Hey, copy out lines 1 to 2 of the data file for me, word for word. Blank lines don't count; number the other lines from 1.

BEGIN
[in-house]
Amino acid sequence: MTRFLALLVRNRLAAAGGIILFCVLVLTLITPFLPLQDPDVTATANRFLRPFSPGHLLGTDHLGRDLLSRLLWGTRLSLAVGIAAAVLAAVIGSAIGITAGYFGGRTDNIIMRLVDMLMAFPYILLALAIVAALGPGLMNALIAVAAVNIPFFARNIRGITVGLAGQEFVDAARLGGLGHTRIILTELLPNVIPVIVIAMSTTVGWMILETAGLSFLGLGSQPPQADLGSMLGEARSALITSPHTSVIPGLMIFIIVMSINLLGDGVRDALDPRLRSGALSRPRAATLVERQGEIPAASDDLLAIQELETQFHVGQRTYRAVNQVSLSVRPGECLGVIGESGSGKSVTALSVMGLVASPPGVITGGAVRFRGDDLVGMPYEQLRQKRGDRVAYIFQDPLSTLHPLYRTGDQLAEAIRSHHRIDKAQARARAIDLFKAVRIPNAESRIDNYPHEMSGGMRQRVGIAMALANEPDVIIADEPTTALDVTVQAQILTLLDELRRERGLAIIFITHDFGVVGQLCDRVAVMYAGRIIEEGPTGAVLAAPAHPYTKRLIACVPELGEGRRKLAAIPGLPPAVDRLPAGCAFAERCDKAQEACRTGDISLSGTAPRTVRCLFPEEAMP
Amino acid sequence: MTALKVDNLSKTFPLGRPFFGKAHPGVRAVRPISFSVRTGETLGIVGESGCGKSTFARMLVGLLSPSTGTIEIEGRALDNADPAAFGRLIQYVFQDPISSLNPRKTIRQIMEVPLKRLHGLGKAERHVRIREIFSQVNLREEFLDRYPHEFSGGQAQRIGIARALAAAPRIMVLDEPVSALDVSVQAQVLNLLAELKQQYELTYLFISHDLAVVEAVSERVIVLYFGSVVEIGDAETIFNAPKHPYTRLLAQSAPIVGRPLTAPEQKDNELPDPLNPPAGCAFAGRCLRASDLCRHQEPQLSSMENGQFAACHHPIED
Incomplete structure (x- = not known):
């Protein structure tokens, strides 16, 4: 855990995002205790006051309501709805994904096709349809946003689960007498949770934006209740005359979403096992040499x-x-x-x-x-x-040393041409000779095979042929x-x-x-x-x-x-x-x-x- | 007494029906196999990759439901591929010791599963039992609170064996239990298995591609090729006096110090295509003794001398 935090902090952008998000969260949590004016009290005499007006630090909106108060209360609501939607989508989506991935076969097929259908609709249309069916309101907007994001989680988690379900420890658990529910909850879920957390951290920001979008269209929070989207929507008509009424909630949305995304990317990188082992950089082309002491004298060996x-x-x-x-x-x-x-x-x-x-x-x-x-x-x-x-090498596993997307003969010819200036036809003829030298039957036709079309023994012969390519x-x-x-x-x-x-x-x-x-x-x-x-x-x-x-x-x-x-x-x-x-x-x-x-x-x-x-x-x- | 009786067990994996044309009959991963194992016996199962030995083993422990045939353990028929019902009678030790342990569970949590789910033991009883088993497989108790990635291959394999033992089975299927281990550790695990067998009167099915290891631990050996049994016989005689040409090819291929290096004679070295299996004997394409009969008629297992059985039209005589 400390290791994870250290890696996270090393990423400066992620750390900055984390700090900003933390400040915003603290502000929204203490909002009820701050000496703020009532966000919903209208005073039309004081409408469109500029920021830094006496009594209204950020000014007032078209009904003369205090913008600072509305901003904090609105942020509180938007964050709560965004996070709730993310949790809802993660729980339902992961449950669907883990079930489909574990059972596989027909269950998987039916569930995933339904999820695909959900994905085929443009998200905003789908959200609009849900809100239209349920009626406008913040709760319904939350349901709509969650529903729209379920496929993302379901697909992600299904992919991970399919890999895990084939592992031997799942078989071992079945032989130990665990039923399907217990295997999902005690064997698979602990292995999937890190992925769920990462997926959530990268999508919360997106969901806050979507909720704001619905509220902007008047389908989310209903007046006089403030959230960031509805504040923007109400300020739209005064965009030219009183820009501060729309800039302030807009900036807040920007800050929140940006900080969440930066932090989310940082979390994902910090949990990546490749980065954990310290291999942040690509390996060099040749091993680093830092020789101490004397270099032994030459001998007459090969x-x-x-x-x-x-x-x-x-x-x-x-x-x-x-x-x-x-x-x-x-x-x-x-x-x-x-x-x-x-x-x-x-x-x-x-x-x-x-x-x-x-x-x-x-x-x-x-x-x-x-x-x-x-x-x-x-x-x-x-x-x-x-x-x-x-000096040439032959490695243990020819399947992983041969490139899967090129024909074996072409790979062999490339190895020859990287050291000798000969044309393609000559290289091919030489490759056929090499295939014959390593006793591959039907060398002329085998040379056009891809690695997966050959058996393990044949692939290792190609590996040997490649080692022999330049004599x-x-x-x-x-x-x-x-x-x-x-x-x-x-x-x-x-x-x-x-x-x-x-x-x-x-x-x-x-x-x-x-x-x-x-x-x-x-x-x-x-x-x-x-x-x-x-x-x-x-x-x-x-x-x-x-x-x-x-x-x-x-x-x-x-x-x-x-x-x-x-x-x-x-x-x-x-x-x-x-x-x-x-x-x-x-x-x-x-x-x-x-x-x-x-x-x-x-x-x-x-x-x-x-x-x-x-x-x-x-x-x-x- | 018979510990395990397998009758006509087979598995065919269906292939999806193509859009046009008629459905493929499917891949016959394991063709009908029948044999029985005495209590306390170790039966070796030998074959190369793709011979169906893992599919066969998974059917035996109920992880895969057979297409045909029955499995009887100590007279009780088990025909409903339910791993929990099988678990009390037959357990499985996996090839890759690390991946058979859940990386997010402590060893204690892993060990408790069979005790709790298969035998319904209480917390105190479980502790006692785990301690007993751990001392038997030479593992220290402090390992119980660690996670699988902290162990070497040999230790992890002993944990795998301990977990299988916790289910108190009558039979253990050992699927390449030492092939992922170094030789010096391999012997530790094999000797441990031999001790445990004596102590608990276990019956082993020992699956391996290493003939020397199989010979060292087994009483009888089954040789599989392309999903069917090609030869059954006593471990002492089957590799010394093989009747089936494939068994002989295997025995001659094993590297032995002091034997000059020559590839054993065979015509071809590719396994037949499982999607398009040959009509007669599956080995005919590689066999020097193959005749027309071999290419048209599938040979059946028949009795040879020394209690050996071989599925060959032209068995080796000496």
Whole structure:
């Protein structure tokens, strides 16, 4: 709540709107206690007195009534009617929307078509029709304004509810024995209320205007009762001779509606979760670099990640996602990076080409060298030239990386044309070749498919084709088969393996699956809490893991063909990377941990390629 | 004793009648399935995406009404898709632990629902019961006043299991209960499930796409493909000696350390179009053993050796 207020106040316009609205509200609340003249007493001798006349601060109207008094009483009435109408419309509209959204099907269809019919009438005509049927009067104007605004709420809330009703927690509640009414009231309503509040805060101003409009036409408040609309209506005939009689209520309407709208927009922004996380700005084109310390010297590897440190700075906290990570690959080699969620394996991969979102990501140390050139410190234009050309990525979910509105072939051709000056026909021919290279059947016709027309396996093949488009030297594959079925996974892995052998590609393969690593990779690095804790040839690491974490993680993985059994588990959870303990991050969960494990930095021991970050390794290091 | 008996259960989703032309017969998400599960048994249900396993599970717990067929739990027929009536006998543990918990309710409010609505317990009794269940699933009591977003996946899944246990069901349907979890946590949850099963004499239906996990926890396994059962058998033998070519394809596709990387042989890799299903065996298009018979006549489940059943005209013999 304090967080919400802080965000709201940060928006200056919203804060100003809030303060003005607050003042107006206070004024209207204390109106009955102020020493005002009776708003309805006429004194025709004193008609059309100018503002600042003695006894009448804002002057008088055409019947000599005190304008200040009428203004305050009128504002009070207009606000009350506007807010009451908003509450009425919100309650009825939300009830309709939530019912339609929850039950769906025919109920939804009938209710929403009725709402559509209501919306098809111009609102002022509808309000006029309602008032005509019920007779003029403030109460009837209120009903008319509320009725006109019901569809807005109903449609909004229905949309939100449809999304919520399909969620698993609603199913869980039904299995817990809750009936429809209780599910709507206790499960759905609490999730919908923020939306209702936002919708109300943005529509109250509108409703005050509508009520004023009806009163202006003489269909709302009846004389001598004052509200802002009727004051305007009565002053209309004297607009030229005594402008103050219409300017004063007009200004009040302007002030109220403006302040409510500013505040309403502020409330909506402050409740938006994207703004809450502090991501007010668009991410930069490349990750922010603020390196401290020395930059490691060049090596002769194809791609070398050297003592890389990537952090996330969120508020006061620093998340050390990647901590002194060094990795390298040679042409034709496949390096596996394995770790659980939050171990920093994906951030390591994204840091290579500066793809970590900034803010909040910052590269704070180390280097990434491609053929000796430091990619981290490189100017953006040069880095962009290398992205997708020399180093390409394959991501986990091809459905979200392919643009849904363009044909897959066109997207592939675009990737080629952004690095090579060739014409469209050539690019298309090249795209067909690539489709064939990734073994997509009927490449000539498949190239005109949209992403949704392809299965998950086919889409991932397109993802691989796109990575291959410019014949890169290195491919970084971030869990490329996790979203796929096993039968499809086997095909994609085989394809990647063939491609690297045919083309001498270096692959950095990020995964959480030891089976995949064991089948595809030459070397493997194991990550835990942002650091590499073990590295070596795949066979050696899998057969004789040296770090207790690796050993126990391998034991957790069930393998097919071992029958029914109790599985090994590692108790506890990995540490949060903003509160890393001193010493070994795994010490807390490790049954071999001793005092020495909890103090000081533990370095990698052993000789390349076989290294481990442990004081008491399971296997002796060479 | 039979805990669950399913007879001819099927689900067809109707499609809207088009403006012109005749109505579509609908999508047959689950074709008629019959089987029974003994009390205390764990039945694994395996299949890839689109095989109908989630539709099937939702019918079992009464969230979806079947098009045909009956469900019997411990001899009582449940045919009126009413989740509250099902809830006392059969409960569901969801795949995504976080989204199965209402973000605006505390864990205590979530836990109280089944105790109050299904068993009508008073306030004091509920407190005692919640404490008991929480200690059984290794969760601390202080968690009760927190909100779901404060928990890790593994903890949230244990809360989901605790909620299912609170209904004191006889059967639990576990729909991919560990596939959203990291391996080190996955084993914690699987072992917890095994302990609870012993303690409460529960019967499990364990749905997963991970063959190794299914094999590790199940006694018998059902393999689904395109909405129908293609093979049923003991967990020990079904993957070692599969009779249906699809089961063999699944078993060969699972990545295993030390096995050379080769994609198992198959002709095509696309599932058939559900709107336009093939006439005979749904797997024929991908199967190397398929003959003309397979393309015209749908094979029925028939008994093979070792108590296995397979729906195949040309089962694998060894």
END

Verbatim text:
[in-house]
Amino acid sequence: MTRFLALLVRNRLAAAGGIILFCVLVLTLITPFLPLQDPDVTATANRFLRPFSPGHLLGTDHLGRDLLSRLLWGTRLSLAVGIAAAVLAAVIGSAIGITAGYFGGRTDNIIMRLVDMLMAFPYILLALAIVAALGPGLMNALIAVAAVNIPFFARNIRGITVGLAGQEFVDAARLGGLGHTRIILTELLPNVIPVIVIAMSTTVGWMILETAGLSFLGLGSQPPQADLGSMLGEARSALITSPHTSVIPGLMIFIIVMSINLLGDGVRDALDPRLRSGALSRPRAATLVERQGEIPAASDDLLAIQELETQFHVGQRTYRAVNQVSLSVRPGECLGVIGESGSGKSVTALSVMGLVASPPGVITGGAVRFRGDDLVGMPYEQLRQKRGDRVAYIFQDPLSTLHPLYRTGDQLAEAIRSHHRIDKAQARARAIDLFKAVRIPNAESRIDNYPHEMSGGMRQRVGIAMALANEPDVIIADEPTTALDVTVQAQILTLLDELRRERGLAIIFITHDFGVVGQLCDRVAVMYAGRIIEEGPTGAVLAAPAHPYTKRLIACVPELGEGRRKLAAIPGLPPAVDRLPAGCAFAERCDKAQEACRTGDISLSGTAPRTVRCLFPEEAMP